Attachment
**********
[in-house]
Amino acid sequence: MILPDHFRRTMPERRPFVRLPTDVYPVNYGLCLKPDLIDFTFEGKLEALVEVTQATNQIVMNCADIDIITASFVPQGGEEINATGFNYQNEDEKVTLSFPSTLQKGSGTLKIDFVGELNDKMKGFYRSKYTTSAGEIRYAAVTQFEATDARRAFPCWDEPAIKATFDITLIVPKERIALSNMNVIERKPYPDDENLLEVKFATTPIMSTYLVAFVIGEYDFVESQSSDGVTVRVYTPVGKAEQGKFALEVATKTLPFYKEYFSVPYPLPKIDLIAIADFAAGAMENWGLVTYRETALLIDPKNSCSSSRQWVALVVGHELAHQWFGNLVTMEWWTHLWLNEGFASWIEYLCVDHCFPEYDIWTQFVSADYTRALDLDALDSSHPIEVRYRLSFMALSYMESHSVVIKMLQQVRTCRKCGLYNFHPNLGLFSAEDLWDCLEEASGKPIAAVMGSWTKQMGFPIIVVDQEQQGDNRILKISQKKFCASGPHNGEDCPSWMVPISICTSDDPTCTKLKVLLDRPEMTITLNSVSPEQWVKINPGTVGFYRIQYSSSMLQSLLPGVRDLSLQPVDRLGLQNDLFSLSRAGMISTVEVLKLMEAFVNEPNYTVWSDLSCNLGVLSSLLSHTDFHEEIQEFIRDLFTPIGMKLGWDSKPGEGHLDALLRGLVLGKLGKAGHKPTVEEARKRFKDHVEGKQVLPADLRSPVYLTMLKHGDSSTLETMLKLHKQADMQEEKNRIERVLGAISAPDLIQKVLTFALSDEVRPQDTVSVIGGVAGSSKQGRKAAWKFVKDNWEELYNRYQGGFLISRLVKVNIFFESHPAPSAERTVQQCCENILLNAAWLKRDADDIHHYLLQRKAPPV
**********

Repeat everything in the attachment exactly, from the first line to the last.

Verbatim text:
[in-house]
Amino acid sequence: MILPDHFRRTMPERRPFVRLPTDVYPVNYGLCLKPDLIDFTFEGKLEALVEVTQATNQIVMNCADIDIITASFVPQGGEEINATGFNYQNEDEKVTLSFPSTLQKGSGTLKIDFVGELNDKMKGFYRSKYTTSAGEIRYAAVTQFEATDARRAFPCWDEPAIKATFDITLIVPKERIALSNMNVIERKPYPDDENLLEVKFATTPIMSTYLVAFVIGEYDFVESQSSDGVTVRVYTPVGKAEQGKFALEVATKTLPFYKEYFSVPYPLPKIDLIAIADFAAGAMENWGLVTYRETALLIDPKNSCSSSRQWVALVVGHELAHQWFGNLVTMEWWTHLWLNEGFASWIEYLCVDHCFPEYDIWTQFVSADYTRALDLDALDSSHPIEVRYRLSFMALSYMESHSVVIKMLQQVRTCRKCGLYNFHPNLGLFSAEDLWDCLEEASGKPIAAVMGSWTKQMGFPIIVVDQEQQGDNRILKISQKKFCASGPHNGEDCPSWMVPISICTSDDPTCTKLKVLLDRPEMTITLNSVSPEQWVKINPGTVGFYRIQYSSSMLQSLLPGVRDLSLQPVDRLGLQNDLFSLSRAGMISTVEVLKLMEAFVNEPNYTVWSDLSCNLGVLSSLLSHTDFHEEIQEFIRDLFTPIGMKLGWDSKPGEGHLDALLRGLVLGKLGKAGHKPTVEEARKRFKDHVEGKQVLPADLRSPVYLTMLKHGDSSTLETMLKLHKQADMQEEKNRIERVLGAISAPDLIQKVLTFALSDEVRPQDTVSVIGGVAGSSKQGRKAAWKFVKDNWEELYNRYQGGFLISRLVKVNIFFESHPAPSAERTVQQCCENILLNAAWLKRDADDIHHYLLQRKAPPV